His big break came four years later when director Howard Hawks gave Raft a role in Scarface playing against Paul Muni in 1931. This film also introduced Raft’s trademark—flipping a coin. The film was a hit and made Raft a star. Playing against Muni’s flamboyant performance, Raft’s quiet presence made a deep impression on audiences. As Raft said: “That was the big one. People remembered me.” **


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During the 1930s and ‘40s Raft played gangsters and was very believable. Some people felt his believability was because he was close to many gangsters and considered them friends. This was well known in Hollywood and these associations even helped him get roles in Warner Brothers gangster films.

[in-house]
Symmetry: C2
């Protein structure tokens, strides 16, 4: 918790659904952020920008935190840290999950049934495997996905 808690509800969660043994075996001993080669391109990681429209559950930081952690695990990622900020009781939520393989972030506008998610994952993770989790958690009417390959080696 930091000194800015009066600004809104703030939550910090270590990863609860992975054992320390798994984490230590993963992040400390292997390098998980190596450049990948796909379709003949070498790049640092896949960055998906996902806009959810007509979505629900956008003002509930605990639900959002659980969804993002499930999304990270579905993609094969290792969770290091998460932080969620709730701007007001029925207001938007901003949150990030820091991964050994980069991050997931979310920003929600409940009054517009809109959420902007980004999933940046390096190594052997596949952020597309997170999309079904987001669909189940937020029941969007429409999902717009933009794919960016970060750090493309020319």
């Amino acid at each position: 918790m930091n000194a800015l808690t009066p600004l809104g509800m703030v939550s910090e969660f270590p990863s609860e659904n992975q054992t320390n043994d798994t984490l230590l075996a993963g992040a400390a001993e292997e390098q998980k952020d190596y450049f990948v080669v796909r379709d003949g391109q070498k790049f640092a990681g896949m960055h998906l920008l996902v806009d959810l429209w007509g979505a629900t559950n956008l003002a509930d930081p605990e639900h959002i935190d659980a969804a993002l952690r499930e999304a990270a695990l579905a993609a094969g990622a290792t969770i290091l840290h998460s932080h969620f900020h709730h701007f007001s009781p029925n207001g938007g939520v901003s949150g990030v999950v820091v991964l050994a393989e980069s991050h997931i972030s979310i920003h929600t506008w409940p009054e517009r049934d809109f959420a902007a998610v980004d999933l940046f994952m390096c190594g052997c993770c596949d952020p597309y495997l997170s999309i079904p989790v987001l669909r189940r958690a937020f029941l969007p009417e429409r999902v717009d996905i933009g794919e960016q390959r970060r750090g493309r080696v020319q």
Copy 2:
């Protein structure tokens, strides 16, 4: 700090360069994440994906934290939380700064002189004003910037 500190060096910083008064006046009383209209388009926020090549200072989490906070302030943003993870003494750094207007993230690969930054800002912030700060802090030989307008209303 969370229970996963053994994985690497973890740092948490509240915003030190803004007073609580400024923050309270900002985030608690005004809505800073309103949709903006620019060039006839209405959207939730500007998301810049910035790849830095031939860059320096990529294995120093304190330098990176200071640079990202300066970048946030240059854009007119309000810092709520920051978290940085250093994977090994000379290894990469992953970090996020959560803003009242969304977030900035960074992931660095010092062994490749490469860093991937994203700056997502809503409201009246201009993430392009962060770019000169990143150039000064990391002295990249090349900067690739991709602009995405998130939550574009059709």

Some people wondered if Raft was a mobster. But there was one time when his mob connections were valuable. In his 1976 autobiography Cagney By Cagney, James Cagney explained that when he was president of the Screen Actors Guild in 1942, the mob wanted to infiltrate the film industry. Cagney objected so the mob ordered his murder. When Raft found out, he used his mob connections to stop the killing. Maybe that’s when Cagney called Raft “…the toughest man he ever met. “ ***

But in the 1950s, studio executives were getting nervous about Raft’s gangster connections. Plus his movies weren’t doing well and his success at the box office was damaged. So his career at Warner Bros. ended in 1942 when Raft bought his contract.


Raft made 105 movies playing tough guy roles—gangsters and convicts. But he never saw himself on the screen. “I’m afraid to look,” he said, “because I’m probably awful.” **